Books and magazines
We initially learned about gardening by watching the old PBS series Crockett's Victory Garden and reading the old Organic Gardening magazines. Both were excellent ways to learn about gardening, though we now shudder when we remember all the chemicals Jim Crockett used (and which we then used also). His gardening passion and gentle ways contributed to our interest in gardening, but I'm glad we learned from Rodale's Organic Gardening magazine that those chemicals aren't necessary.
But both the TV program and the magazine taught us about the wonders of compost!
Growing the Good Life by Michele Owens
Growing the Good Life: Why a Vegetable Garden Will Make You Happy, Healthy, Wealthy, and Wise in many ways is the edible gardening equivalent of the habitat gardening classic Noah's Garden by Sara Stein. It's a "why to" book rather than a "how to" book. An excellent book about the many reasons why it's important to use at least some of your land to grow edible plants!
Our only reservation about this book is that she seems to be unaware of the importance of native plants in the rest of her land. Sigh.
This Organic Life by Joan Gussow
This Organic Life: Confessions of a Suburban Homesteader is an inspiring book about a family's journey in creating a vegetable garden along the Hudson River. Joan Gussow is a nutrition professor at Columbia University I believe. We marveled at their perseverance in gardening in a location that routinely becomes flooded. They manage to harvest an enormous amount of food, but, we kept thinking, why didn't they move to a location that didn't have such challenges? We can relate to their gardening passion—sort of.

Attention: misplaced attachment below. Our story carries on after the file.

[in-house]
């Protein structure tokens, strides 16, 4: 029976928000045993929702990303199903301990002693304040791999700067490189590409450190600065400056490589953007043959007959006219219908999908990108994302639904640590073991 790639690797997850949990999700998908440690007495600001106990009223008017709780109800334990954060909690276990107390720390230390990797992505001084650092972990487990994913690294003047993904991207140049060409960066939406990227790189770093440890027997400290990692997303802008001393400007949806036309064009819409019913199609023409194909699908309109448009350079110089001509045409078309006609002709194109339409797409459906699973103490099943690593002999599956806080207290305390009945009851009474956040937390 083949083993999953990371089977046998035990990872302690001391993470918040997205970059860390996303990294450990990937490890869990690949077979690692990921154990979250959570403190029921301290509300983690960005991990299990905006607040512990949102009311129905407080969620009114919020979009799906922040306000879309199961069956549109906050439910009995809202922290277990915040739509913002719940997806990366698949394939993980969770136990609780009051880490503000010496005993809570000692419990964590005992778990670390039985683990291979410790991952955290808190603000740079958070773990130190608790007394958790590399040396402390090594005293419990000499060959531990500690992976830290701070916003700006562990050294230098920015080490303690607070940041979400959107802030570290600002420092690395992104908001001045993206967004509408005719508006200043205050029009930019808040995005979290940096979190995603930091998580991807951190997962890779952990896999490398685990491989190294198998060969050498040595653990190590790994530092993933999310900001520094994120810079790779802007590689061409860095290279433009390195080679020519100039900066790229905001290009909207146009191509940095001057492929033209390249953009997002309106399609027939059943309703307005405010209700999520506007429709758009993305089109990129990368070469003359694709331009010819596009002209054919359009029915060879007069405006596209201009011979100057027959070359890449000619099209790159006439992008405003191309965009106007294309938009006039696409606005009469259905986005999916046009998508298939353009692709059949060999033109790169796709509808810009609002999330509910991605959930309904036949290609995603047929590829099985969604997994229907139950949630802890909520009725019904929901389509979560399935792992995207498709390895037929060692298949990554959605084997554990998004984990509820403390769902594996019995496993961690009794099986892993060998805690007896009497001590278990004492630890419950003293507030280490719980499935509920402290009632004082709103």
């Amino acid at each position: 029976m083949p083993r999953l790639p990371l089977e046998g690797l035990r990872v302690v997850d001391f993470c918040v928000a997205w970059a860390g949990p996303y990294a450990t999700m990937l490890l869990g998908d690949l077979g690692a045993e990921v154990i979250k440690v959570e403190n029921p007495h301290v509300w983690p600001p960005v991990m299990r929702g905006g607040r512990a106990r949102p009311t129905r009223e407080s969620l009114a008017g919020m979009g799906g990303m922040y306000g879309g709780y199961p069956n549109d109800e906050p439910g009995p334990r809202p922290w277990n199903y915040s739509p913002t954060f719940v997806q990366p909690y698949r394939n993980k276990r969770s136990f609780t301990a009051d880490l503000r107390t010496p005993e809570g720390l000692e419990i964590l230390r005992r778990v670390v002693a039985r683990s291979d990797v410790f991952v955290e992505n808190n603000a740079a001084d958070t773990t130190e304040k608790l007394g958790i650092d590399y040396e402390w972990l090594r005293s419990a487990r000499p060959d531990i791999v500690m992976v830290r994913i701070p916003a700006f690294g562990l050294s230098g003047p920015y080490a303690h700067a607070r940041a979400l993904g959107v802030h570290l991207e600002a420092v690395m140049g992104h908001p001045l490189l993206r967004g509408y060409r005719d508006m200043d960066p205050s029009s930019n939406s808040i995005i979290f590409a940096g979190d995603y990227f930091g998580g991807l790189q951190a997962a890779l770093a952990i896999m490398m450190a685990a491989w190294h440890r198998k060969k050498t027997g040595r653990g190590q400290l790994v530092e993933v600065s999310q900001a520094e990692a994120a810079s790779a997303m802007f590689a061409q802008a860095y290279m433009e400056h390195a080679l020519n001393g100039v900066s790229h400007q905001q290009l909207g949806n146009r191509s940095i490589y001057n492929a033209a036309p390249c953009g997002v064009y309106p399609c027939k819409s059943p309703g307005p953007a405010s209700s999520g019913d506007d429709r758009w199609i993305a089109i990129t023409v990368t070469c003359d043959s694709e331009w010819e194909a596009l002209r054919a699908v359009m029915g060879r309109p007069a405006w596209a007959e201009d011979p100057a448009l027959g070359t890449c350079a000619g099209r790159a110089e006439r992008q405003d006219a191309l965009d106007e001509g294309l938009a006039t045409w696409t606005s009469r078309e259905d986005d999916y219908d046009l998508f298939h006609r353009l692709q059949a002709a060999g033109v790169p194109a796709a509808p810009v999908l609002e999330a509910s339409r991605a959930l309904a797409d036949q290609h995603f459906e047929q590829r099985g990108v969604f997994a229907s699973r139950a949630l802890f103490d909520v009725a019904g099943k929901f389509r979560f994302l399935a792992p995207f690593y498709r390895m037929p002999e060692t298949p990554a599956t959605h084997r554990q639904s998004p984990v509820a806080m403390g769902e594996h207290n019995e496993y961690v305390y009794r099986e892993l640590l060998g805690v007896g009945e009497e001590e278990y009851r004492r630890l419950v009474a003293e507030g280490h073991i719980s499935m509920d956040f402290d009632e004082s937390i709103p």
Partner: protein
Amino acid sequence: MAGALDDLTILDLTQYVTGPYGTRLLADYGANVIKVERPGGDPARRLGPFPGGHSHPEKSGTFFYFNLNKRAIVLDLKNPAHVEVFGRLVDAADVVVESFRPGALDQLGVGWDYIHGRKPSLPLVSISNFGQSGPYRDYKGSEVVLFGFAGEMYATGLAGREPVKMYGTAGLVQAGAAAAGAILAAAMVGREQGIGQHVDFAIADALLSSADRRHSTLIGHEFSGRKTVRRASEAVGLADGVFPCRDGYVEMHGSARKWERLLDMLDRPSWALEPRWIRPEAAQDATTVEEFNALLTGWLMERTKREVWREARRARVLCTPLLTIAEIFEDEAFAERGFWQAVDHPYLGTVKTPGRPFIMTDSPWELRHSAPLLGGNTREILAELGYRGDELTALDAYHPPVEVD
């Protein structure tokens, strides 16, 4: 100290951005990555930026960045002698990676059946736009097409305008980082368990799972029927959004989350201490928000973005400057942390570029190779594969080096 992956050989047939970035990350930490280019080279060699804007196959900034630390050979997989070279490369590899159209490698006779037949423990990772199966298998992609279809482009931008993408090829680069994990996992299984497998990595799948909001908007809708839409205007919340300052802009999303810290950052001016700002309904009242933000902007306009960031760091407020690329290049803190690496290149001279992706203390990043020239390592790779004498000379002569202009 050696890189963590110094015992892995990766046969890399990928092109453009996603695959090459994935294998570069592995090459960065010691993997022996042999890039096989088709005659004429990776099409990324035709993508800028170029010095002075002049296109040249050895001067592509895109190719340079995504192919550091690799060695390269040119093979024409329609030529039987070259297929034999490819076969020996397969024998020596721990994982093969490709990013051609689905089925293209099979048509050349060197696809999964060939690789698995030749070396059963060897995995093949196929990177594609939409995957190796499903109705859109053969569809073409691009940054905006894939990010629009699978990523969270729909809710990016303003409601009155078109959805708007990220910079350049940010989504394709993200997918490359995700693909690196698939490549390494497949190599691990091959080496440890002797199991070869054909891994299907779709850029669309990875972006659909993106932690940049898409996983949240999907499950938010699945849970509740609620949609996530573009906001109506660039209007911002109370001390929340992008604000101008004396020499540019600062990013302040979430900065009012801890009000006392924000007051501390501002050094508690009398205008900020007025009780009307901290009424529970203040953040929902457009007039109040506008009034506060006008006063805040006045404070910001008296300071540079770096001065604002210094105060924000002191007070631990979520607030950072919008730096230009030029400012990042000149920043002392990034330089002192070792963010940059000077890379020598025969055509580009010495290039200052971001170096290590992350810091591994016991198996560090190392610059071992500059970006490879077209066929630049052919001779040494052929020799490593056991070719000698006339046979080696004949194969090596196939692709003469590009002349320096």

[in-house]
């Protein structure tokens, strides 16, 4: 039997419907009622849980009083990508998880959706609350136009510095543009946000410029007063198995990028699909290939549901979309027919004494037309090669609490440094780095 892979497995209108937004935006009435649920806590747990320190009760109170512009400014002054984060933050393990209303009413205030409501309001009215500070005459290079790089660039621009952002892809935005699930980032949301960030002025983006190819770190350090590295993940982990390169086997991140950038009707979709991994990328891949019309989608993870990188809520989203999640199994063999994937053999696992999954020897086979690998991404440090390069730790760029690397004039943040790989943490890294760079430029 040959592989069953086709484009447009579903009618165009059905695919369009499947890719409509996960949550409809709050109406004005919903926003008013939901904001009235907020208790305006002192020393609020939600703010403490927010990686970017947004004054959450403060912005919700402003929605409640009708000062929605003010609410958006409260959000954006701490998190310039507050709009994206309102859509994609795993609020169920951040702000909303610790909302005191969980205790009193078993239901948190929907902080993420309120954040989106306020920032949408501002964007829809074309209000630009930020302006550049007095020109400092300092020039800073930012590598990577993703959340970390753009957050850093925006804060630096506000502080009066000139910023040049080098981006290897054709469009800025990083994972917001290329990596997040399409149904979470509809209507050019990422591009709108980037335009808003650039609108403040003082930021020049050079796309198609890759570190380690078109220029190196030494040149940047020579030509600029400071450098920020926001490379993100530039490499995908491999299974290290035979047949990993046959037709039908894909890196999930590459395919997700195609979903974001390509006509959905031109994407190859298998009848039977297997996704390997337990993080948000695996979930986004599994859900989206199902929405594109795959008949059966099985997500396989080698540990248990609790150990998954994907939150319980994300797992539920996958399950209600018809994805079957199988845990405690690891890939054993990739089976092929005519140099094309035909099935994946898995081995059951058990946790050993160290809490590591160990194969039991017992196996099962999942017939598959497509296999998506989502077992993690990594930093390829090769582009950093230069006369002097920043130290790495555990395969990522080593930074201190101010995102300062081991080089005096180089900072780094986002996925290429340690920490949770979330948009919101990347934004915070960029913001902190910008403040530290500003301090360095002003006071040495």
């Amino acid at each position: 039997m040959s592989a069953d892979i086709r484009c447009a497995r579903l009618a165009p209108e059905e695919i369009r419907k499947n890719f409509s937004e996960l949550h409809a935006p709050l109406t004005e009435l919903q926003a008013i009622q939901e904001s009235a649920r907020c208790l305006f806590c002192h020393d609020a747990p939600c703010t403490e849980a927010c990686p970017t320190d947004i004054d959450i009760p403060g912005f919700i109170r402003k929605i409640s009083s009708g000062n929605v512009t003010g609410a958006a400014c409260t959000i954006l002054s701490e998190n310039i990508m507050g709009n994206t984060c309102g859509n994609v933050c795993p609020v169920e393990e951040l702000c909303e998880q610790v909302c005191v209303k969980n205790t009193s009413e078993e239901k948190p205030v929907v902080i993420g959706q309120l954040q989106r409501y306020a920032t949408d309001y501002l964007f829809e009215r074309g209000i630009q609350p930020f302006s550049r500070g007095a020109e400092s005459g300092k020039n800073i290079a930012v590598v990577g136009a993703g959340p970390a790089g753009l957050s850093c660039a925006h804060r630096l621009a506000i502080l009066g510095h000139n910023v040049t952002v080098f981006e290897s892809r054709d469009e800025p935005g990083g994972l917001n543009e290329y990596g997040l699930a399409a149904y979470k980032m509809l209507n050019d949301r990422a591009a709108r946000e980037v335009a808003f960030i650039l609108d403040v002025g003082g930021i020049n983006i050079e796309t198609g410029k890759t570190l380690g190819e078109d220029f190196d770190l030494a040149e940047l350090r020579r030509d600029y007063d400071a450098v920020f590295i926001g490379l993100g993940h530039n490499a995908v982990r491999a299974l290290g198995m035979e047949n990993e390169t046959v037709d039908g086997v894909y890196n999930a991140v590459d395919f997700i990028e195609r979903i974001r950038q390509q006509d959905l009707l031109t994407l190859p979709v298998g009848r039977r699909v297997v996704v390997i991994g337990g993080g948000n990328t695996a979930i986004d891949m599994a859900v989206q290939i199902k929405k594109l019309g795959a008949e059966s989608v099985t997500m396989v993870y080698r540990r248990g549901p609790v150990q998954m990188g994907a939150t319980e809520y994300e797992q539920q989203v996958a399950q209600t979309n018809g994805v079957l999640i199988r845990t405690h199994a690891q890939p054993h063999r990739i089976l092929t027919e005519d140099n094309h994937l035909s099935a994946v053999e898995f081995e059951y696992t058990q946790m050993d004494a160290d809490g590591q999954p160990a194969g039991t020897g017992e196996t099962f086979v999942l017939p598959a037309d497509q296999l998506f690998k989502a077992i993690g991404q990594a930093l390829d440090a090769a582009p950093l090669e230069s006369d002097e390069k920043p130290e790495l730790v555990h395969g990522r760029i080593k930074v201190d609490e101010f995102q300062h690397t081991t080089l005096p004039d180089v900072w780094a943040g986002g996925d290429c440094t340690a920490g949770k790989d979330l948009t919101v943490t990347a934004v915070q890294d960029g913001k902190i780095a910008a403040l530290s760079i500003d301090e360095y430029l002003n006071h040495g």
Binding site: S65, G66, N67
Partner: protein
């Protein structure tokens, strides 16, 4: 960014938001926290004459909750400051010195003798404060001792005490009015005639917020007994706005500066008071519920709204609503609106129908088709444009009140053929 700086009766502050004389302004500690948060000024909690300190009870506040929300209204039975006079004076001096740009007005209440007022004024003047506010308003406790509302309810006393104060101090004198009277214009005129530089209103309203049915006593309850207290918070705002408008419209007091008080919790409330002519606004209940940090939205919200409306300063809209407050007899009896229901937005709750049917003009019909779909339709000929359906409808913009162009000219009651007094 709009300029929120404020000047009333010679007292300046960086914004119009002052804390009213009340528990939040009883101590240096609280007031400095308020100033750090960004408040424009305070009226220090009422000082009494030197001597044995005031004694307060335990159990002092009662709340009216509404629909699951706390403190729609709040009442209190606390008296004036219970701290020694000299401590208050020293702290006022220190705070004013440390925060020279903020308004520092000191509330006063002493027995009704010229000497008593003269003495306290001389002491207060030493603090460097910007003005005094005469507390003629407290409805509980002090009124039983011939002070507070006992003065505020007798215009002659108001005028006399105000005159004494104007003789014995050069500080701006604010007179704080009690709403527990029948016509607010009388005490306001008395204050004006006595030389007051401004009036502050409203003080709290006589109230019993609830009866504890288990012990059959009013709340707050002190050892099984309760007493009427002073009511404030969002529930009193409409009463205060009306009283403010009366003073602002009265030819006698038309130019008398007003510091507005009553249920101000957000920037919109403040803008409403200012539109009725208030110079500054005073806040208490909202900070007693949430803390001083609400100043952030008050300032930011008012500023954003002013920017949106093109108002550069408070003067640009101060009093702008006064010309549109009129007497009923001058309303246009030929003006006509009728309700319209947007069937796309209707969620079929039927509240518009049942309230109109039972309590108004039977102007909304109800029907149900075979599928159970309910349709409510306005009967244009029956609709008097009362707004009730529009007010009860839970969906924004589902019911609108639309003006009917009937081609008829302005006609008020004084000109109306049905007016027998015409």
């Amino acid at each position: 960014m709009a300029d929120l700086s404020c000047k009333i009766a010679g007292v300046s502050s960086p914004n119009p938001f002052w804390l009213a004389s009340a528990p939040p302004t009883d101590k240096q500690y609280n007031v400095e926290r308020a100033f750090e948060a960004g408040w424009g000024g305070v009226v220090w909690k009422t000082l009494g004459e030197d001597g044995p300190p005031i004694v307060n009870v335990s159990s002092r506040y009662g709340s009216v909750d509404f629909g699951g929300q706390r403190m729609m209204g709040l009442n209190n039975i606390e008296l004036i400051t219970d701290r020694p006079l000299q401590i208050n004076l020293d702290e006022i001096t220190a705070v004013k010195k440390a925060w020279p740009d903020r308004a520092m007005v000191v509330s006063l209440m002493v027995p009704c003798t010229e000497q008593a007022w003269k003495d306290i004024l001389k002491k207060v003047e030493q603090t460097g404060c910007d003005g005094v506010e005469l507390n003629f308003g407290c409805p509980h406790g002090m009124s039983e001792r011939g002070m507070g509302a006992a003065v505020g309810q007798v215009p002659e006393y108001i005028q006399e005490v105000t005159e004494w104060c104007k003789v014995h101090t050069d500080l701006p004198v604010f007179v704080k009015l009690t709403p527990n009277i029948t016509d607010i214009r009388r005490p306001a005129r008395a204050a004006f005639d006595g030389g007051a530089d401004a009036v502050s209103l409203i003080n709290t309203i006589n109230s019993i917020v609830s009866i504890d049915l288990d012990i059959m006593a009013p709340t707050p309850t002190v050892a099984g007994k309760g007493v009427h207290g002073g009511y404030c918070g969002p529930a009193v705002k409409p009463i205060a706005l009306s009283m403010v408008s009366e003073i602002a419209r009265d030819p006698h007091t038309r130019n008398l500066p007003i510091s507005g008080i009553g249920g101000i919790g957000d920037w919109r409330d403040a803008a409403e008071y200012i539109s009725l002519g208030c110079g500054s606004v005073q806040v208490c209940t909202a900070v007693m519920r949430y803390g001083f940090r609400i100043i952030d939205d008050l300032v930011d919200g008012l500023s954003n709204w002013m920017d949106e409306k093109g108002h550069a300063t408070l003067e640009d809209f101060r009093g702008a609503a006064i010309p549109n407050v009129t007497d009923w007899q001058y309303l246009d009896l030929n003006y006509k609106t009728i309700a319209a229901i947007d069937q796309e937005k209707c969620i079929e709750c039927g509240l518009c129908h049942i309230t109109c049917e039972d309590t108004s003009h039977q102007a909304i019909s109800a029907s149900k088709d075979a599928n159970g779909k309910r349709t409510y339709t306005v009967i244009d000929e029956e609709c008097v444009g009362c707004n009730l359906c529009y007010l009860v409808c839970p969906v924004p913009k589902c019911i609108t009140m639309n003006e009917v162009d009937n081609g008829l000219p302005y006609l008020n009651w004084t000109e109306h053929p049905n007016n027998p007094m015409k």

This book inspired us to try ground cherries. We had never heard of these before, but now we grow them every year. They make wonderful jam that tastes like nothing else than ground cherries. (Similarly, spicebush (Lindera benzoin) has a fragrance that can only be described as "spicebush fragrance.")
Organic Gardening magazine
It's hard to know whether to recommend this magazine or not. We like it partly because of loyalty to the old, unsophisticated newsprint-like magazines of the 1970s, but it has substituted beautiful photographs and slick production values for the magazines that were chock-full of useful information. Not a good trade-off if you're looking to learn rather than idly admiring beautiful photos of gorgeous gardens. There's some useful information, but not a lot. It's also very annoying that it occasionally has articles about the value of native plants, but it still has frequent articles featuring non-natives. I guess the magazine thinks it can have it both ways, but this schizophrenic approach just annoys us.
- Organic Gardening—Lots of useful information, but with the same caveat as with the magazine: a complete ignorance of the value of native plants. Though many if not most of our edible plants aren't native (though we're trying to include as many native edibles as possible), it's hard to understand why OG doesn't promote natives in the rest of the yard.